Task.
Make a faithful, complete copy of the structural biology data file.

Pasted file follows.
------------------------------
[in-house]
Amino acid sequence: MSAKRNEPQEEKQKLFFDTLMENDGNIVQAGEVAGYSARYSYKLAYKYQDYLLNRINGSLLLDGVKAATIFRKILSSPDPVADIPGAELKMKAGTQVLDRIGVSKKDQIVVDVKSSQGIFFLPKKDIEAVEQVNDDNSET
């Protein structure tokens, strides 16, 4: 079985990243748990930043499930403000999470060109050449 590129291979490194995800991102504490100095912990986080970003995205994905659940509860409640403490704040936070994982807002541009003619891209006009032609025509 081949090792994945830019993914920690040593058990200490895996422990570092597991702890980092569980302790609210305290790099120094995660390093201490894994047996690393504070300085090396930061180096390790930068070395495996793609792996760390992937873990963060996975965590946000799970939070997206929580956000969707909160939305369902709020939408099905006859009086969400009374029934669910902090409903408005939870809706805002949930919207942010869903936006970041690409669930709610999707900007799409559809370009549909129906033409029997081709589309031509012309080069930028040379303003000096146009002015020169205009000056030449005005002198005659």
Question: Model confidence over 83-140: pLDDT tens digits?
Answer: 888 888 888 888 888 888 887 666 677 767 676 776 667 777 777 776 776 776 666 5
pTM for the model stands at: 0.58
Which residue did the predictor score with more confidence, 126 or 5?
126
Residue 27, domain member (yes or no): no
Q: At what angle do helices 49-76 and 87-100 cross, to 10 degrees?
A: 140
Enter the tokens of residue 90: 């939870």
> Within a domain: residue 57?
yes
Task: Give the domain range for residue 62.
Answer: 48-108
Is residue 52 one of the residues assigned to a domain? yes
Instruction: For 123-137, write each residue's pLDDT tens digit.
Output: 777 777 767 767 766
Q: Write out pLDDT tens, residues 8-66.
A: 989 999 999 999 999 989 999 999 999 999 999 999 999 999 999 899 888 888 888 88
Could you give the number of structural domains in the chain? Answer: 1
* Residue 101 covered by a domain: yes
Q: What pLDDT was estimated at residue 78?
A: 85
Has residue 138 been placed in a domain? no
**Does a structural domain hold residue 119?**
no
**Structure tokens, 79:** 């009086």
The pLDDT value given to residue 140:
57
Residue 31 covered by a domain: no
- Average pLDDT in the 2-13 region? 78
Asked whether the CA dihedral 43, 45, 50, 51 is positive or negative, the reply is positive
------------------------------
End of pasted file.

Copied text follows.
[in-house]
Amino acid sequence: MSAKRNEPQEEKQKLFFDTLMENDGNIVQAGEVAGYSARYSYKLAYKYQDYLLNRINGSLLLDGVKAATIFRKILSSPDPVADIPGAELKMKAGTQVLDRIGVSKKDQIVVDVKSSQGIFFLPKKDIEAVEQVNDDNSET
């Protein structure tokens, strides 16, 4: 079985990243748990930043499930403000999470060109050449 590129291979490194995800991102504490100095912990986080970003995205994905659940509860409640403490704040936070994982807002541009003619891209006009032609025509 081949090792994945830019993914920690040593058990200490895996422990570092597991702890980092569980302790609210305290790099120094995660390093201490894994047996690393504070300085090396930061180096390790930068070395495996793609792996760390992937873990963060996975965590946000799970939070997206929580956000969707909160939305369902709020939408099905006859009086969400009374029934669910902090409903408005939870809706805002949930919207942010869903936006970041690409669930709610999707900007799409559809370009549909129906033409029997081709589309031509012309080069930028040379303003000096146009002015020169205009000056030449005005002198005659």
Question: Model confidence over 83-140: pLDDT tens digits?
Answer: 888 888 888 888 888 888 887 666 677 767 676 776 667 777 777 776 776 776 666 5
pTM for the model stands at: 0.58
Which residue did the predictor score with more confidence, 126 or 5?
126
Residue 27, domain member (yes or no): no
Q: At what angle do helices 49-76 and 87-100 cross, to 10 degrees?
A: 140
Enter the tokens of residue 90: 């939870």
> Within a domain: residue 57?
yes
Task: Give the domain range for residue 62.
Answer: 48-108
Is residue 52 one of the residues assigned to a domain? yes
Instruction: For 123-137, write each residue's pLDDT tens digit.
Output: 777 777 767 767 766
Q: Write out pLDDT tens, residues 8-66.
A: 989 999 999 999 999 989 999 999 999 999 999 999 999 999 999 899 888 888 888 88
Could you give the number of structural domains in the chain? Answer: 1
* Residue 101 covered by a domain: yes
Q: What pLDDT was estimated at residue 78?
A: 85
Has residue 138 been placed in a domain? no
**Does a structural domain hold residue 119?**
no
**Structure tokens, 79:** 């009086």
The pLDDT value given to residue 140:
57
Residue 31 covered by a domain: no
- Average pLDDT in the 2-13 region? 78
Asked whether the CA dihedral 43, 45, 50, 51 is positive or negative, the reply is positive